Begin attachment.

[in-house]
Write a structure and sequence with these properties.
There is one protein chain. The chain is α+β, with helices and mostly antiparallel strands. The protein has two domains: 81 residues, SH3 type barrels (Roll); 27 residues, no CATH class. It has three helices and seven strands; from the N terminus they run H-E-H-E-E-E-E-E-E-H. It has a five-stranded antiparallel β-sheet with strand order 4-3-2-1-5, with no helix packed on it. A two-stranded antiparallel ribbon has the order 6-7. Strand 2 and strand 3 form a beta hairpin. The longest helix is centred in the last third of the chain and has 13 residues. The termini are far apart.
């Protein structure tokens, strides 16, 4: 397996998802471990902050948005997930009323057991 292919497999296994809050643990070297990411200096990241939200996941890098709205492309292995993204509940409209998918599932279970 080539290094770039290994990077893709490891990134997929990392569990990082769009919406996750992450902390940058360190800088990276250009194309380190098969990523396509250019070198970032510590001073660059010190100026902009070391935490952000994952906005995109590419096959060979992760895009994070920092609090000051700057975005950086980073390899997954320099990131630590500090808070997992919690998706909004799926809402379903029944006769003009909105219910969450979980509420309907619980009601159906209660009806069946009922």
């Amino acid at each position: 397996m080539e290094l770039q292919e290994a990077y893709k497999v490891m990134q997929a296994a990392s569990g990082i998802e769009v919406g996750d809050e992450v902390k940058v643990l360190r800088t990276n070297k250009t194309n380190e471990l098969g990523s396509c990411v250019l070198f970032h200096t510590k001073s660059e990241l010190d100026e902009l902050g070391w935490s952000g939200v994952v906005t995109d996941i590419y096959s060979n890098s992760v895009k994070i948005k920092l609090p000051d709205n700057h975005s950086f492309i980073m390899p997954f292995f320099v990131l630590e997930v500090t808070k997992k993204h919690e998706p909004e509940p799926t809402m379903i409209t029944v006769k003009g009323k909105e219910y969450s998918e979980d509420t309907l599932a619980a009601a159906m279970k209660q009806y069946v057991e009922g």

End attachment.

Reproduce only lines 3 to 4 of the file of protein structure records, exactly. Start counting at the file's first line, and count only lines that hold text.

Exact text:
There is one protein chain. The chain is α+β, with helices and mostly antiparallel strands. The protein has two domains: 81 residues, SH3 type barrels (Roll); 27 residues, no CATH class. It has three helices and seven strands; from the N terminus they run H-E-H-E-E-E-E-E-E-H. It has a five-stranded antiparallel β-sheet with strand order 4-3-2-1-5, with no helix packed on it. A two-stranded antiparallel ribbon has the order 6-7. Strand 2 and strand 3 form a beta hairpin. The longest helix is centred in the last third of the chain and has 13 residues. The termini are far apart.
């Protein structure tokens, strides 16, 4: 397996998802471990902050948005997930009323057991 292919497999296994809050643990070297990411200096990241939200996941890098709205492309292995993204509940409209998918599932279970 080539290094770039290994990077893709490891990134997929990392569990990082769009919406996750992450902390940058360190800088990276250009194309380190098969990523396509250019070198970032510590001073660059010190100026902009070391935490952000994952906005995109590419096959060979992760895009994070920092609090000051700057975005950086980073390899997954320099990131630590500090808070997992919690998706909004799926809402379903029944006769003009909105219910969450979980509420309907619980009601159906209660009806069946009922």